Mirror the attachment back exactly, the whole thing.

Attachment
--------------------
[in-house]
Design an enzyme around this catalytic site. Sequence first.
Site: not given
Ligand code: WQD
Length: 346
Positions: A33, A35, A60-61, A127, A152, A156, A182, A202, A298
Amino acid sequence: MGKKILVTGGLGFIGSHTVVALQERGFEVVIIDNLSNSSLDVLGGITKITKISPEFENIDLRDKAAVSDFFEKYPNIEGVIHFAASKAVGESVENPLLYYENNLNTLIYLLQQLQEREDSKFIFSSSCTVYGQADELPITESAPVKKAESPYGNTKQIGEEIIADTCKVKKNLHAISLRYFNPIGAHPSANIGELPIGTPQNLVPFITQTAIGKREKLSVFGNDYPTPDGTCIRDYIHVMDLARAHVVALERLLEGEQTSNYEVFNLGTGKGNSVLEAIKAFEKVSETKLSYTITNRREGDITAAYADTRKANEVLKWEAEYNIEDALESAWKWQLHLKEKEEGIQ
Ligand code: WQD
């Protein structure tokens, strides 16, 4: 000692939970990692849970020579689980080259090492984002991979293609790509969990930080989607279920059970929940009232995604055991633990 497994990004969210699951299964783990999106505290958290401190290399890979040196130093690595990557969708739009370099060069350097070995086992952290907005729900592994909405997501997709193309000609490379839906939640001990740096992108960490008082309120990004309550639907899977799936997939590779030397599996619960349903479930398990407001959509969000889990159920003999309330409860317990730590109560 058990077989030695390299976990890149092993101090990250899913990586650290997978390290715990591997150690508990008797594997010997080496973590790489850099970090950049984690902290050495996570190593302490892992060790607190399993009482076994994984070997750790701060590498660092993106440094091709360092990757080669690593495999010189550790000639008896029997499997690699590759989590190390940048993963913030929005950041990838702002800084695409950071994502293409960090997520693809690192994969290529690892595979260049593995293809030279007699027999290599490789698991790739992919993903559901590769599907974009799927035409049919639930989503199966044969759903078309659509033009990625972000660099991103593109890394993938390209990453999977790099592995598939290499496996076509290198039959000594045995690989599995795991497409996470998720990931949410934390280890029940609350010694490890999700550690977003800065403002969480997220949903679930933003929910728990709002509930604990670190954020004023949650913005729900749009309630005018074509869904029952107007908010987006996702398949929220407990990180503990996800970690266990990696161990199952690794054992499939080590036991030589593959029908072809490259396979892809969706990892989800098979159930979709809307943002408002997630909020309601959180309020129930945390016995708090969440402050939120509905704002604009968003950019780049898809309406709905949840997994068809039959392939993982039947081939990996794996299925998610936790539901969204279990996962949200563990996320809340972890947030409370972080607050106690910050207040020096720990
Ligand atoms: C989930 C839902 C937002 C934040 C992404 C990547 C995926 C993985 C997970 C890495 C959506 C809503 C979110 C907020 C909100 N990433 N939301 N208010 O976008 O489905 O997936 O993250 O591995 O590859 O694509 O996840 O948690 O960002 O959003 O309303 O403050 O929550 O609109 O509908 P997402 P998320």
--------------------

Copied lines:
[in-house]
Design an enzyme around this catalytic site. Sequence first.
Site: not given
Ligand code: WQD
Length: 346
Positions: A33, A35, A60-61, A127, A152, A156, A182, A202, A298
Amino acid sequence: MGKKILVTGGLGFIGSHTVVALQERGFEVVIIDNLSNSSLDVLGGITKITKISPEFENIDLRDKAAVSDFFEKYPNIEGVIHFAASKAVGESVENPLLYYENNLNTLIYLLQQLQEREDSKFIFSSSCTVYGQADELPITESAPVKKAESPYGNTKQIGEEIIADTCKVKKNLHAISLRYFNPIGAHPSANIGELPIGTPQNLVPFITQTAIGKREKLSVFGNDYPTPDGTCIRDYIHVMDLARAHVVALERLLEGEQTSNYEVFNLGTGKGNSVLEAIKAFEKVSETKLSYTITNRREGDITAAYADTRKANEVLKWEAEYNIEDALESAWKWQLHLKEKEEGIQ
Ligand code: WQD
């Protein structure tokens, strides 16, 4: 000692939970990692849970020579689980080259090492984002991979293609790509969990930080989607279920059970929940009232995604055991633990 497994990004969210699951299964783990999106505290958290401190290399890979040196130093690595990557969708739009370099060069350097070995086992952290907005729900592994909405997501997709193309000609490379839906939640001990740096992108960490008082309120990004309550639907899977799936997939590779030397599996619960349903479930398990407001959509969000889990159920003999309330409860317990730590109560 058990077989030695390299976990890149092993101090990250899913990586650290997978390290715990591997150690508990008797594997010997080496973590790489850099970090950049984690902290050495996570190593302490892992060790607190399993009482076994994984070997750790701060590498660092993106440094091709360092990757080669690593495999010189550790000639008896029997499997690699590759989590190390940048993963913030929005950041990838702002800084695409950071994502293409960090997520693809690192994969290529690892595979260049593995293809030279007699027999290599490789698991790739992919993903559901590769599907974009799927035409049919639930989503199966044969759903078309659509033009990625972000660099991103593109890394993938390209990453999977790099592995598939290499496996076509290198039959000594045995690989599995795991497409996470998720990931949410934390280890029940609350010694490890999700550690977003800065403002969480997220949903679930933003929910728990709002509930604990670190954020004023949650913005729900749009309630005018074509869904029952107007908010987006996702398949929220407990990180503990996800970690266990990696161990199952690794054992499939080590036991030589593959029908072809490259396979892809969706990892989800098979159930979709809307943002408002997630909020309601959180309020129930945390016995708090969440402050939120509905704002604009968003950019780049898809309406709905949840997994068809039959392939993982039947081939990996794996299925998610936790539901969204279990996962949200563990996320809340972890947030409370972080607050106690910050207040020096720990
Ligand atoms: C989930 C839902 C937002 C934040 C992404 C990547 C995926 C993985 C997970 C890495 C959506 C809503 C979110 C907020 C909100 N990433 N939301 N208010 O976008 O489905 O997936 O993250 O591995 O590859 O694509 O996840 O948690 O960002 O959003 O309303 O403050 O929550 O609109 O509908 P997402 P998320």